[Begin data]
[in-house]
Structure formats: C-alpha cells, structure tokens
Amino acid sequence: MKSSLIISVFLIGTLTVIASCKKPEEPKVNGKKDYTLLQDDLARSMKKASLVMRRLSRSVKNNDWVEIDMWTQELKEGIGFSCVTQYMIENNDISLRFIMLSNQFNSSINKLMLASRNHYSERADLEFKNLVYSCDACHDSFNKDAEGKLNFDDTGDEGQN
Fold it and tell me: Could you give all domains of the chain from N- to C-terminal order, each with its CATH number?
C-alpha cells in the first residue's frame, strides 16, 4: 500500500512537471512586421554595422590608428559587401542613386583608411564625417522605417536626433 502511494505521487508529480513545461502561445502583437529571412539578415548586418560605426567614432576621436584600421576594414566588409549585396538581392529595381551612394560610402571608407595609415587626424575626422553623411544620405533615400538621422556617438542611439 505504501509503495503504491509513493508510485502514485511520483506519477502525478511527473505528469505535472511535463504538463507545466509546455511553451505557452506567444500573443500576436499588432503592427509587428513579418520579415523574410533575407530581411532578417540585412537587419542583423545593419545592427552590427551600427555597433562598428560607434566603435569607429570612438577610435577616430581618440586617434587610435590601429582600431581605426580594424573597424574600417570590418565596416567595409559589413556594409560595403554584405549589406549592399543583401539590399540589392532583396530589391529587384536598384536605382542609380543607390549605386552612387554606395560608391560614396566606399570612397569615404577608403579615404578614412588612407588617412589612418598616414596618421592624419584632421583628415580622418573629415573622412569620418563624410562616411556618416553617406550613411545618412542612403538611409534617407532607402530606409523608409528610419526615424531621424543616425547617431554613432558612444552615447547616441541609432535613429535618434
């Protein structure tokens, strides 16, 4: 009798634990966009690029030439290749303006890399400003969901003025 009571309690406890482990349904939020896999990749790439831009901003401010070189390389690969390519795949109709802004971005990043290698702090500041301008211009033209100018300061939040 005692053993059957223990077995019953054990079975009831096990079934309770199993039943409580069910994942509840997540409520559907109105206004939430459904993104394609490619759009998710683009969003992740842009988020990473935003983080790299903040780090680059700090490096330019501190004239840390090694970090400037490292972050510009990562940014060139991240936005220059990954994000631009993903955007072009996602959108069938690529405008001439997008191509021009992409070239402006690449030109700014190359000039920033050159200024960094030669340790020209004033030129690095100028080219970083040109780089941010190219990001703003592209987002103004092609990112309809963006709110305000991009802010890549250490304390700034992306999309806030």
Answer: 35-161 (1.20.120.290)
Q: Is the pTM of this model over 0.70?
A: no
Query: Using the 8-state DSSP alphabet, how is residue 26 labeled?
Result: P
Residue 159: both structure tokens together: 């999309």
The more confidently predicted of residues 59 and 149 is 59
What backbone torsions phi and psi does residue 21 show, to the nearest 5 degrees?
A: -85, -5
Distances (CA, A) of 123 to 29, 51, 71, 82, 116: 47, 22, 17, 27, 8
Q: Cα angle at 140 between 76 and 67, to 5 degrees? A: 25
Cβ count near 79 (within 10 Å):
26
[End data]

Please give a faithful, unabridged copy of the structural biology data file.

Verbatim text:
[in-house]
Structure formats: C-alpha cells, structure tokens
Amino acid sequence: MKSSLIISVFLIGTLTVIASCKKPEEPKVNGKKDYTLLQDDLARSMKKASLVMRRLSRSVKNNDWVEIDMWTQELKEGIGFSCVTQYMIENNDISLRFIMLSNQFNSSINKLMLASRNHYSERADLEFKNLVYSCDACHDSFNKDAEGKLNFDDTGDEGQN
Fold it and tell me: Could you give all domains of the chain from N- to C-terminal order, each with its CATH number?
C-alpha cells in the first residue's frame, strides 16, 4: 500500500512537471512586421554595422590608428559587401542613386583608411564625417522605417536626433 502511494505521487508529480513545461502561445502583437529571412539578415548586418560605426567614432576621436584600421576594414566588409549585396538581392529595381551612394560610402571608407595609415587626424575626422553623411544620405533615400538621422556617438542611439 505504501509503495503504491509513493508510485502514485511520483506519477502525478511527473505528469505535472511535463504538463507545466509546455511553451505557452506567444500573443500576436499588432503592427509587428513579418520579415523574410533575407530581411532578417540585412537587419542583423545593419545592427552590427551600427555597433562598428560607434566603435569607429570612438577610435577616430581618440586617434587610435590601429582600431581605426580594424573597424574600417570590418565596416567595409559589413556594409560595403554584405549589406549592399543583401539590399540589392532583396530589391529587384536598384536605382542609380543607390549605386552612387554606395560608391560614396566606399570612397569615404577608403579615404578614412588612407588617412589612418598616414596618421592624419584632421583628415580622418573629415573622412569620418563624410562616411556618416553617406550613411545618412542612403538611409534617407532607402530606409523608409528610419526615424531621424543616425547617431554613432558612444552615447547616441541609432535613429535618434
């Protein structure tokens, strides 16, 4: 009798634990966009690029030439290749303006890399400003969901003025 009571309690406890482990349904939020896999990749790439831009901003401010070189390389690969390519795949109709802004971005990043290698702090500041301008211009033209100018300061939040 005692053993059957223990077995019953054990079975009831096990079934309770199993039943409580069910994942509840997540409520559907109105206004939430459904993104394609490619759009998710683009969003992740842009988020990473935003983080790299903040780090680059700090490096330019501190004239840390090694970090400037490292972050510009990562940014060139991240936005220059990954994000631009993903955007072009996602959108069938690529405008001439997008191509021009992409070239402006690449030109700014190359000039920033050159200024960094030669340790020209004033030129690095100028080219970083040109780089941010190219990001703003592209987002103004092609990112309809963006709110305000991009802010890549250490304390700034992306999309806030």
Answer: 35-161 (1.20.120.290)
Q: Is the pTM of this model over 0.70?
A: no
Query: Using the 8-state DSSP alphabet, how is residue 26 labeled?
Result: P
Residue 159: both structure tokens together: 């999309």
The more confidently predicted of residues 59 and 149 is 59
What backbone torsions phi and psi does residue 21 show, to the nearest 5 degrees?
A: -85, -5
Distances (CA, A) of 123 to 29, 51, 71, 82, 116: 47, 22, 17, 27, 8
Q: Cα angle at 140 between 76 and 67, to 5 degrees? A: 25
Cβ count near 79 (within 10 Å):
26